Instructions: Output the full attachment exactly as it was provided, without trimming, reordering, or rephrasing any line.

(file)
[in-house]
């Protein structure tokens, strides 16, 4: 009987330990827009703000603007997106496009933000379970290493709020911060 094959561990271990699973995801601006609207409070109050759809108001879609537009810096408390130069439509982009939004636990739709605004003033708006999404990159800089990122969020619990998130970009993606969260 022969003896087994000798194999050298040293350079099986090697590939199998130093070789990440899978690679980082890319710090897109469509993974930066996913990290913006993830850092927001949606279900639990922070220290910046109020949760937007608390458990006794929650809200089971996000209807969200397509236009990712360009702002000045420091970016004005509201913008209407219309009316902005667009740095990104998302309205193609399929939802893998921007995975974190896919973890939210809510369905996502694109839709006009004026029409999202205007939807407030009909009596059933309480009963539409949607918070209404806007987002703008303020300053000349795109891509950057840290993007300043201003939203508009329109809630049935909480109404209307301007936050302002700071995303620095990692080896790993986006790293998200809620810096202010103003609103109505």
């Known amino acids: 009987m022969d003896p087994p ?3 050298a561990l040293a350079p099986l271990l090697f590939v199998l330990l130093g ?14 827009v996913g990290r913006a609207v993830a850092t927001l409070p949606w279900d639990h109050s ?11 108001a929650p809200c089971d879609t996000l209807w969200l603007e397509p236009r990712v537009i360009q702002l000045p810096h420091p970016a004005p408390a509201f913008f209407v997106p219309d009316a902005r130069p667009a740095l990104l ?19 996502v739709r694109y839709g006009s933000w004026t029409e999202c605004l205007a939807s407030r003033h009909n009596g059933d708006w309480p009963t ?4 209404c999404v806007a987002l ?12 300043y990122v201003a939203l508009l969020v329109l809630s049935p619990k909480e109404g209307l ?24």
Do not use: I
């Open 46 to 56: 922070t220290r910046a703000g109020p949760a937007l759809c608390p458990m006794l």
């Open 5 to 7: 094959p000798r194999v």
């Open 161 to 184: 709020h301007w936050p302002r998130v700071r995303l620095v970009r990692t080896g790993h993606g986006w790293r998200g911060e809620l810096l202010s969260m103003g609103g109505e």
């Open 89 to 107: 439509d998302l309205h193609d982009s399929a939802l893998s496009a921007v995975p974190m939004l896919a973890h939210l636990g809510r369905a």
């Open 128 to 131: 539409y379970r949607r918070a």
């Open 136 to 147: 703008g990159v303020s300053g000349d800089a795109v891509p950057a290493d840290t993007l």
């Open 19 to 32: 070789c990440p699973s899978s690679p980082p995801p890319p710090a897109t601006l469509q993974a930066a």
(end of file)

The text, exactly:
[in-house]
């Protein structure tokens, strides 16, 4: 009987330990827009703000603007997106496009933000379970290493709020911060 094959561990271990699973995801601006609207409070109050759809108001879609537009810096408390130069439509982009939004636990739709605004003033708006999404990159800089990122969020619990998130970009993606969260 022969003896087994000798194999050298040293350079099986090697590939199998130093070789990440899978690679980082890319710090897109469509993974930066996913990290913006993830850092927001949606279900639990922070220290910046109020949760937007608390458990006794929650809200089971996000209807969200397509236009990712360009702002000045420091970016004005509201913008209407219309009316902005667009740095990104998302309205193609399929939802893998921007995975974190896919973890939210809510369905996502694109839709006009004026029409999202205007939807407030009909009596059933309480009963539409949607918070209404806007987002703008303020300053000349795109891509950057840290993007300043201003939203508009329109809630049935909480109404209307301007936050302002700071995303620095990692080896790993986006790293998200809620810096202010103003609103109505």
């Known amino acids: 009987m022969d003896p087994p ?3 050298a561990l040293a350079p099986l271990l090697f590939v199998l330990l130093g ?14 827009v996913g990290r913006a609207v993830a850092t927001l409070p949606w279900d639990h109050s ?11 108001a929650p809200c089971d879609t996000l209807w969200l603007e397509p236009r990712v537009i360009q702002l000045p810096h420091p970016a004005p408390a509201f913008f209407v997106p219309d009316a902005r130069p667009a740095l990104l ?19 996502v739709r694109y839709g006009s933000w004026t029409e999202c605004l205007a939807s407030r003033h009909n009596g059933d708006w309480p009963t ?4 209404c999404v806007a987002l ?12 300043y990122v201003a939203l508009l969020v329109l809630s049935p619990k909480e109404g209307l ?24």
Do not use: I
């Open 46 to 56: 922070t220290r910046a703000g109020p949760a937007l759809c608390p458990m006794l």
């Open 5 to 7: 094959p000798r194999v």
């Open 161 to 184: 709020h301007w936050p302002r998130v700071r995303l620095v970009r990692t080896g790993h993606g986006w790293r998200g911060e809620l810096l202010s969260m103003g609103g109505e």
């Open 89 to 107: 439509d998302l309205h193609d982009s399929a939802l893998s496009a921007v995975p974190m939004l896919a973890h939210l636990g809510r369905a």
């Open 128 to 131: 539409y379970r949607r918070a």
């Open 136 to 147: 703008g990159v303020s300053g000349d800089a795109v891509p950057a290493d840290t993007l």
């Open 19 to 32: 070789c990440p699973s899978s690679p980082p995801p890319p710090a897109t601006l469509q993974a930066a």